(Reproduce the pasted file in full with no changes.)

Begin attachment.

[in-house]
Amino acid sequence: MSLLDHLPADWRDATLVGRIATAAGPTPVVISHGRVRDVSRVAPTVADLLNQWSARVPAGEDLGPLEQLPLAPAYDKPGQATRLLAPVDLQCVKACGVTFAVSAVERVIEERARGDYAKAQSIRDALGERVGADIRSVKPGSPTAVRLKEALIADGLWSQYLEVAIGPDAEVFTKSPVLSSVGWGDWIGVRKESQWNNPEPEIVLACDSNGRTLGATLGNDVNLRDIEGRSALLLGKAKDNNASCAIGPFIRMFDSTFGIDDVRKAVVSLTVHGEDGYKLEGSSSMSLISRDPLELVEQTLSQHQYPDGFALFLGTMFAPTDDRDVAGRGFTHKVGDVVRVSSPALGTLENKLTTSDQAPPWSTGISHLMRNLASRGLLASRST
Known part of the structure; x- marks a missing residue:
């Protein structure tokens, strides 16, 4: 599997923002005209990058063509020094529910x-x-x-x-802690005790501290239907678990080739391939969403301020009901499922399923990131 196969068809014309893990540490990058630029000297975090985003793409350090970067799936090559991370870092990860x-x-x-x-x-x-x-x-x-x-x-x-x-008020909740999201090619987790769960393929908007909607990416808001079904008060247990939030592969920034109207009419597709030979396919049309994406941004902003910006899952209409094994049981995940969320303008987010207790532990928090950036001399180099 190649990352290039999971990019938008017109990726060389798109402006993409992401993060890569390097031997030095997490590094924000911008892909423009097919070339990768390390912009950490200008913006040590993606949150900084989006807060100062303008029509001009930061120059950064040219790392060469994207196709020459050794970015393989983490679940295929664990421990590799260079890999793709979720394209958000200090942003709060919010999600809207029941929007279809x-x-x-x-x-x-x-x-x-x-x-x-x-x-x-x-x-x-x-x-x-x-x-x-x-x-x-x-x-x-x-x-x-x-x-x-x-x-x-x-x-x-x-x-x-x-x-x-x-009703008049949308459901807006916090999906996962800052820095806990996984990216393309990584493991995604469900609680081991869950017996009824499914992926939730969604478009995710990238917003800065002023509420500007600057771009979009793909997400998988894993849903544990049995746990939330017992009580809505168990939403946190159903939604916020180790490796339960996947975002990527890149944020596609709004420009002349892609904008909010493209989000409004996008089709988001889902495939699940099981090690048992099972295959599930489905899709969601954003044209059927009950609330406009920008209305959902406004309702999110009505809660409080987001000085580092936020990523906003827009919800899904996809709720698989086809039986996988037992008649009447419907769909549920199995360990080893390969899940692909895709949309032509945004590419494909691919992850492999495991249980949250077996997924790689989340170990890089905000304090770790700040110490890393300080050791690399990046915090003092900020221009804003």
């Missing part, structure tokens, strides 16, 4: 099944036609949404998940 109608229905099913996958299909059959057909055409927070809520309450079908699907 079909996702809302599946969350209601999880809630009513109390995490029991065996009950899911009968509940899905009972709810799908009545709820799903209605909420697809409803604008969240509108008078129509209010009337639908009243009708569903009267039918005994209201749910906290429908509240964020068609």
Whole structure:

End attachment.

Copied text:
[in-house]
Amino acid sequence: MSLLDHLPADWRDATLVGRIATAAGPTPVVISHGRVRDVSRVAPTVADLLNQWSARVPAGEDLGPLEQLPLAPAYDKPGQATRLLAPVDLQCVKACGVTFAVSAVERVIEERARGDYAKAQSIRDALGERVGADIRSVKPGSPTAVRLKEALIADGLWSQYLEVAIGPDAEVFTKSPVLSSVGWGDWIGVRKESQWNNPEPEIVLACDSNGRTLGATLGNDVNLRDIEGRSALLLGKAKDNNASCAIGPFIRMFDSTFGIDDVRKAVVSLTVHGEDGYKLEGSSSMSLISRDPLELVEQTLSQHQYPDGFALFLGTMFAPTDDRDVAGRGFTHKVGDVVRVSSPALGTLENKLTTSDQAPPWSTGISHLMRNLASRGLLASRST
Known part of the structure; x- marks a missing residue:
């Protein structure tokens, strides 16, 4: 599997923002005209990058063509020094529910x-x-x-x-802690005790501290239907678990080739391939969403301020009901499922399923990131 196969068809014309893990540490990058630029000297975090985003793409350090970067799936090559991370870092990860x-x-x-x-x-x-x-x-x-x-x-x-x-008020909740999201090619987790769960393929908007909607990416808001079904008060247990939030592969920034109207009419597709030979396919049309994406941004902003910006899952209409094994049981995940969320303008987010207790532990928090950036001399180099 190649990352290039999971990019938008017109990726060389798109402006993409992401993060890569390097031997030095997490590094924000911008892909423009097919070339990768390390912009950490200008913006040590993606949150900084989006807060100062303008029509001009930061120059950064040219790392060469994207196709020459050794970015393989983490679940295929664990421990590799260079890999793709979720394209958000200090942003709060919010999600809207029941929007279809x-x-x-x-x-x-x-x-x-x-x-x-x-x-x-x-x-x-x-x-x-x-x-x-x-x-x-x-x-x-x-x-x-x-x-x-x-x-x-x-x-x-x-x-x-x-x-x-x-009703008049949308459901807006916090999906996962800052820095806990996984990216393309990584493991995604469900609680081991869950017996009824499914992926939730969604478009995710990238917003800065002023509420500007600057771009979009793909997400998988894993849903544990049995746990939330017992009580809505168990939403946190159903939604916020180790490796339960996947975002990527890149944020596609709004420009002349892609904008909010493209989000409004996008089709988001889902495939699940099981090690048992099972295959599930489905899709969601954003044209059927009950609330406009920008209305959902406004309702999110009505809660409080987001000085580092936020990523906003827009919800899904996809709720698989086809039986996988037992008649009447419907769909549920199995360990080893390969899940692909895709949309032509945004590419494909691919992850492999495991249980949250077996997924790689989340170990890089905000304090770790700040110490890393300080050791690399990046915090003092900020221009804003």
């Missing part, structure tokens, strides 16, 4: 099944036609949404998940 109608229905099913996958299909059959057909055409927070809520309450079908699907 079909996702809302599946969350209601999880809630009513109390995490029991065996009950899911009968509940899905009972709810799908009545709820799903209605909420697809409803604008969240509108008078129509209010009337639908009243009708569903009267039918005994209201749910906290429908509240964020068609």
Whole structure: